By using a process called whole-organ decellularization, scientists at the University’s Center for Cardiovascular Repair grew functioning heart tissue by taking dead rat and pig hearts and reseeding them with a mixture of live cells.
The researchers hope that this process can be used someday to make new donor organs for humans, says principal investigator Doris A. Taylor, Ph.D., a professor of medicine and physiology at the University.
“The idea would be to develop transplantable blood vessels or whole organs made from your own cells,” says Taylor, who also directs the Center for Cardiovascular Repair and holds the Medtronic Bakken Chair in Cardiovascular Repair.
Because a new heart could be filled with a transplant recipient’s own cells, researchers believe it’s much less likely that the body would reject it. And once placed in the recipient, in theory, the heart would be nourished, regulated, and regenerated in much the same way as the heart it replaced.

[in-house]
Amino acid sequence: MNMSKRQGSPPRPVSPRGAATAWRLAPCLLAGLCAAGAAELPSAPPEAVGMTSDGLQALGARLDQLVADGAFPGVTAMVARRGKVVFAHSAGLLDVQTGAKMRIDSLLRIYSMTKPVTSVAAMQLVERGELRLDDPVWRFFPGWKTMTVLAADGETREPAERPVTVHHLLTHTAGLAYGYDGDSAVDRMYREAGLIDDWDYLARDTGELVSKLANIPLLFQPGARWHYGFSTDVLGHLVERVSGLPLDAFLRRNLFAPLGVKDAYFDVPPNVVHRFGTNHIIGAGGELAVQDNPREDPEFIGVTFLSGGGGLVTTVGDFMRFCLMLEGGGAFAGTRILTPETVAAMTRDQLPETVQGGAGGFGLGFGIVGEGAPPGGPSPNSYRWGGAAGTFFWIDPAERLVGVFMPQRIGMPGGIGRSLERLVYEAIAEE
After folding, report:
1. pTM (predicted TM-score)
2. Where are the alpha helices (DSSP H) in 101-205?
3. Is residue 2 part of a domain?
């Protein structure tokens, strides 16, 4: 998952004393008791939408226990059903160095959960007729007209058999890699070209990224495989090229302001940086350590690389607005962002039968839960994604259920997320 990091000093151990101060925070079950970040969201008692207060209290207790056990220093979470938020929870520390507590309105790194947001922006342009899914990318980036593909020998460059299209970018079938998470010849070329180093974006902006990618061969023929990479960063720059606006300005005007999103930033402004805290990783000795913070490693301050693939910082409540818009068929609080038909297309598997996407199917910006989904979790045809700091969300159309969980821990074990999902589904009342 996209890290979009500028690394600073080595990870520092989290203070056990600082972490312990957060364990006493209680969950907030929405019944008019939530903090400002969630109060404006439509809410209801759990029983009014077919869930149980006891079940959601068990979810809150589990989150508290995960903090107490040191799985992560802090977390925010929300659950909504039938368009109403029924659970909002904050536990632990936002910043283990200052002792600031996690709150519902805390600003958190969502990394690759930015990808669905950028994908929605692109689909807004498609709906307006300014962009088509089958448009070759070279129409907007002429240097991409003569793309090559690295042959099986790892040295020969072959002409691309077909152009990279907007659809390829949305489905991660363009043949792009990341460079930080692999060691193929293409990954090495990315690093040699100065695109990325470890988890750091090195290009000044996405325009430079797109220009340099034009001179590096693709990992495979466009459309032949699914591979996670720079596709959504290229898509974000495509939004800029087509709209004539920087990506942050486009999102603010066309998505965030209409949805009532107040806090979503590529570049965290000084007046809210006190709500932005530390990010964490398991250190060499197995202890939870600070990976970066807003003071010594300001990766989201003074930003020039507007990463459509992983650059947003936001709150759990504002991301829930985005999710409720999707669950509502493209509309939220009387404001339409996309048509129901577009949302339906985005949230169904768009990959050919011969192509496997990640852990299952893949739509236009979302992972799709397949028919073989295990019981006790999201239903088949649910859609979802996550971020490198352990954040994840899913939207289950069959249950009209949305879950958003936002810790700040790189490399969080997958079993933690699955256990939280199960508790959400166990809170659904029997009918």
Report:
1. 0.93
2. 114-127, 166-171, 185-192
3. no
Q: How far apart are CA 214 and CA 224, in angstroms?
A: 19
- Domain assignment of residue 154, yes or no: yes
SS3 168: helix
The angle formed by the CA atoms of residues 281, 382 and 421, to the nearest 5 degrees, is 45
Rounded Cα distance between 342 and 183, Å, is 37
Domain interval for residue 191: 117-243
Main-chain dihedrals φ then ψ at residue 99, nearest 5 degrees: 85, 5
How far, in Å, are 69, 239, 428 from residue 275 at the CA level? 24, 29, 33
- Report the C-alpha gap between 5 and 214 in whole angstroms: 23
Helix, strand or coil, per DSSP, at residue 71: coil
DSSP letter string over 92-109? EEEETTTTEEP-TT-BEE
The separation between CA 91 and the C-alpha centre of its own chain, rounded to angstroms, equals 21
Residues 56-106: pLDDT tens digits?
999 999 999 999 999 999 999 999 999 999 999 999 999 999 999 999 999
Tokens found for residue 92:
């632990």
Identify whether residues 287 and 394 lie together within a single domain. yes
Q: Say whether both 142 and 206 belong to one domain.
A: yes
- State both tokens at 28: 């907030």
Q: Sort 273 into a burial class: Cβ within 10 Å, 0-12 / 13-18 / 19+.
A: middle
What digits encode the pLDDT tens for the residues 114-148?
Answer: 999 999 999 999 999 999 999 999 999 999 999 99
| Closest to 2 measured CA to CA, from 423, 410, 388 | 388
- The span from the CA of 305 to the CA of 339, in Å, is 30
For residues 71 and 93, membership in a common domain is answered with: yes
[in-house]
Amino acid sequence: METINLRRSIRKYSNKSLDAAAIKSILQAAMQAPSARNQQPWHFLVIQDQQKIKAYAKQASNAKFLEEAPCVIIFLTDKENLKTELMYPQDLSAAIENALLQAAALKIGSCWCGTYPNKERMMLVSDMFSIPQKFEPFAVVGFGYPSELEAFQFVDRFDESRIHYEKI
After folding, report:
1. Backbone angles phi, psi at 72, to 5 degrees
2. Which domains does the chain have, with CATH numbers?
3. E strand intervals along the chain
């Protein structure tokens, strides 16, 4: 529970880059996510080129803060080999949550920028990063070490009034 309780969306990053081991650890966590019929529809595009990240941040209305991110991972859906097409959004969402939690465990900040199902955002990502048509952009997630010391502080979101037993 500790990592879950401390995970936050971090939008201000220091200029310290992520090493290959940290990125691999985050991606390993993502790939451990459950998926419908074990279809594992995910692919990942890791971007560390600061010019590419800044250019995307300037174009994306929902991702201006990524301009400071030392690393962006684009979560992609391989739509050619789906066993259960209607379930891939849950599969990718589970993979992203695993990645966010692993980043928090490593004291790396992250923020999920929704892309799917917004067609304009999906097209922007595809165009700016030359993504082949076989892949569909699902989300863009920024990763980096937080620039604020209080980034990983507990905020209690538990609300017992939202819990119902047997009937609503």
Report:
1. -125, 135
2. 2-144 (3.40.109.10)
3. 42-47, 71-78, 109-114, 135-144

Decellularization is the removal of all cells from an organ—in this case, an animal cadaver heart—leaving intact only the extracellular matrix, the heart’s “scaffolding” or framework between the cells.
After removing all of the cells from rat and pig hearts, University researchers injected the organs with live heart cells from neonatal or newborn rats. Four days after seeding the decellularized hearts, researchers noticed contractions in both organs. Eight days later, the hearts were pumping.
“We just took nature’s own building blocks to build a new organ,” says Harald C. Ott, M.D., co-investigator of the study and a former University research associate who now works at Massachusetts General Hospital. “When we saw the first contractions, we were speechless.”
The study was published online in the January 13 issue of Nature Medicine. For more on this research, see “At the heart of innovation.”